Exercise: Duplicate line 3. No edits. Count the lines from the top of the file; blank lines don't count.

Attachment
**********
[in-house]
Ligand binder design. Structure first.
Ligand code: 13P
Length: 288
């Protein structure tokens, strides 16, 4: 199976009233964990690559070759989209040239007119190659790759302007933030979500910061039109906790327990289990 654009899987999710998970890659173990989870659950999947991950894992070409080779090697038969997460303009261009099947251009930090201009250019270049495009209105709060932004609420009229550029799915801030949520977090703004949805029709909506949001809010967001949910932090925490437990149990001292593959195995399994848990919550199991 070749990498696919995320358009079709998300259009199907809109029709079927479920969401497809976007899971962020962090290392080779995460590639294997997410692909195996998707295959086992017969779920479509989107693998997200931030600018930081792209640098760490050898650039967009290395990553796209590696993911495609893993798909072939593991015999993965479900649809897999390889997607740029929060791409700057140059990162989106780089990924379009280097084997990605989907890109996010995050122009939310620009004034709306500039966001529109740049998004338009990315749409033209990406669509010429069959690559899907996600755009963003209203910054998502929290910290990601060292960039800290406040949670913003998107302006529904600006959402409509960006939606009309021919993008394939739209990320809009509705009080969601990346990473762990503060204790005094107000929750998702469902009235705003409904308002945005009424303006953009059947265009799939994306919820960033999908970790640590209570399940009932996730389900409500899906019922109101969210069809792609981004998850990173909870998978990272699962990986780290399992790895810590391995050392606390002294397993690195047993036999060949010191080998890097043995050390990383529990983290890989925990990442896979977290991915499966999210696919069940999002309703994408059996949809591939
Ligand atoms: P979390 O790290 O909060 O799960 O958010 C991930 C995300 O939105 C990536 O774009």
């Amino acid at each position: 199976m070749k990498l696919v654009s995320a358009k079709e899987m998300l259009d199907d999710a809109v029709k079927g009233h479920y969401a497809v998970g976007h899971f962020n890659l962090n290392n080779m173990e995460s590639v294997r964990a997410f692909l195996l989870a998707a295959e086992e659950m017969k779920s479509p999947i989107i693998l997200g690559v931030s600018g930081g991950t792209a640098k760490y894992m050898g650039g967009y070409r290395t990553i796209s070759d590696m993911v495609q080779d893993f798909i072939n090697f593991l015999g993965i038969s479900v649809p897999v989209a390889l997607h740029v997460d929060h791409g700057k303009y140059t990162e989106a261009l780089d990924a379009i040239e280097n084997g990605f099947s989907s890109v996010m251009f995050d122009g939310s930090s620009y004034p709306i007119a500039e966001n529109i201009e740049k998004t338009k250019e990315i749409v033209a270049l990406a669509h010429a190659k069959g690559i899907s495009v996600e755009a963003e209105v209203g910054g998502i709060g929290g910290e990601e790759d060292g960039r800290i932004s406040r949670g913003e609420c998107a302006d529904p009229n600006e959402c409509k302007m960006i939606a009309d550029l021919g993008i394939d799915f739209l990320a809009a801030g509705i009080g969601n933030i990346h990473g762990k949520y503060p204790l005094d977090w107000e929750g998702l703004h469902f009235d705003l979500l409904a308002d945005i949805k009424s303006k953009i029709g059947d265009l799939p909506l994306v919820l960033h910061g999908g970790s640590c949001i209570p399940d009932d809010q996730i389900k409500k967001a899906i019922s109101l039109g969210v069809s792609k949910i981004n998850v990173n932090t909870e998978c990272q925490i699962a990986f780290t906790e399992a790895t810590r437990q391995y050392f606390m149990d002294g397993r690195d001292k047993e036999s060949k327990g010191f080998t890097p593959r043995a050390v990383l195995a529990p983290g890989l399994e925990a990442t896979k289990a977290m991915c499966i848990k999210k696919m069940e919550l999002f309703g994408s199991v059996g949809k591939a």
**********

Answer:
Ligand code: 13P